The policy, which was introduced last year by housing minister Grant Shapps, means that planning permission is no longer needed to turn single houses into HMOs.
It was challenged at the High Court in April, by councils from Milton Keynes, Oxford and Newcastle, which complained that they had not been properly consulted about the new regulations.
The authorities claimed that HMOs cause difficulties for residents, including extra traffic, and increased crime and anti-social behaviour.
Their claim was rejected by Judge Sir Michael Harrison, who said there was no unfairness to the councils in the consultation process, as it came just a year after a wider consultation on HMOs by the previous government.
Milton Keynes Council, with the backing of a number of councils across the country, today took their fight to the Appeal Court, in a fresh bid to have the policy overturned.
Lawyers for the council told the court that the authority and local residents have suffered problems caused by HMOs for many years, including increased littering and anti-social behaviour.
Timothy Mould QC said Milton Keynes had the support of councils "up and down the country" in bringing the challenge against communities secretary, Eric Pickles, whose office approved the policy.
The barrister said the support was from "urban" councils, including Leeds, Charnwood, Nottingham, Bristol and Torbay, rather than from rural areas - where HMOs are not as big an issue.
The court heard that, following a consultation in 2009 - in which every council was involved - the Labour government introduced regulations which meant planning permission was needed to convert houses into HMOs.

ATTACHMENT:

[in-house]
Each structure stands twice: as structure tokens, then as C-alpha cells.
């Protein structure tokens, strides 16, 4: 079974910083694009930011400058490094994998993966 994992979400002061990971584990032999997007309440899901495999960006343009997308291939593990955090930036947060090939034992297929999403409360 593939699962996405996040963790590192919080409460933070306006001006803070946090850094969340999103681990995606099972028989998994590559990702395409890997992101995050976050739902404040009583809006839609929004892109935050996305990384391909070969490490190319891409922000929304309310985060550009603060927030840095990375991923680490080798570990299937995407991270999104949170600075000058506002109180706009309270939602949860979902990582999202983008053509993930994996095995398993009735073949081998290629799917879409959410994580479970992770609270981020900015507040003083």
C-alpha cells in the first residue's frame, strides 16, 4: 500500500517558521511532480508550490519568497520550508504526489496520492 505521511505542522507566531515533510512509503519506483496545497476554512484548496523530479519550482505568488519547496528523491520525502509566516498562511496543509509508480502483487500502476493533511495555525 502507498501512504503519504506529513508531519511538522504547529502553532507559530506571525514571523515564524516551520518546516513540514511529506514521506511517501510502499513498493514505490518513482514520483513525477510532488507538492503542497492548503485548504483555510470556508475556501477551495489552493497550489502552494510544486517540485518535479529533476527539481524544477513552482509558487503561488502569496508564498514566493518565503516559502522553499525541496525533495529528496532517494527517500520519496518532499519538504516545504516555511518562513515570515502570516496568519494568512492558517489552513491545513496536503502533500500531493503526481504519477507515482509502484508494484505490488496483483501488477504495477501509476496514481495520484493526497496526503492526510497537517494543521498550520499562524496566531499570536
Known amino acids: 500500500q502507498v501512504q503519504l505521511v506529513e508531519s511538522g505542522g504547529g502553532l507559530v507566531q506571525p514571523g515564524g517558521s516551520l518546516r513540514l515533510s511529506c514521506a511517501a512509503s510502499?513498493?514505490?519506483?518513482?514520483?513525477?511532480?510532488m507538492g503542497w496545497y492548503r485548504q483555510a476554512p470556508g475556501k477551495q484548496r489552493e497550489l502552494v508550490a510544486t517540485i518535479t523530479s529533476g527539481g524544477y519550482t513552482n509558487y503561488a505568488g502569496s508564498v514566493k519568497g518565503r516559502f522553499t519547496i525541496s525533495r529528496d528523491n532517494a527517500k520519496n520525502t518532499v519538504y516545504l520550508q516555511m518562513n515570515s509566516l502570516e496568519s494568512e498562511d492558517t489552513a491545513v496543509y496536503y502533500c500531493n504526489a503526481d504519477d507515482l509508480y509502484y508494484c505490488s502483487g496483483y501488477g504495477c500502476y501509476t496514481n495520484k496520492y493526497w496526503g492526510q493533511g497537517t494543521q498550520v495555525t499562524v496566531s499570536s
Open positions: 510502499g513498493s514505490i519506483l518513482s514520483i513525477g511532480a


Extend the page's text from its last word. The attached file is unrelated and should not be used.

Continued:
However, when the coalition government was formed, it was decided the policy should be reversed, in a bid to prevent would-be landlords being put off by the red tape involved in converting a house into flats or bedsits.
Mould said: "The government apparently formed the view that the legislation introduced in 2009 was an unjustifiable burden on those areas where HMO development was not a concern.
"It considered that the legislation deterred prospective landlords from entering the market and endangered low-cost housing in many areas."
There was a second consultation in June last year, but councils were only represented collectively by the Local Government Association, and were not asked directly for their views.
Mould told the court that the regulations were then changed so that planning permission wasn't needed to create HMOs - despite the fact this was the least popular option in the 2009 consultation, with just one per cent of the responses supporting it.
Milton Keynes Council contends that the exclusion of local councils from last year's consultation was "unfair and unreasonable".
The Appeal Court heard the council has in fact changed its own planning policy - so that permission from the authority is needed to convert a house into an HMO - but still faces the prospect of having to pay out compensation to landlords under the new regulations.
Lord Justice Pill, Lady Justice Arden and Lord Justice Macfarlane are expected to reserve giving their judgment on the case until a later date.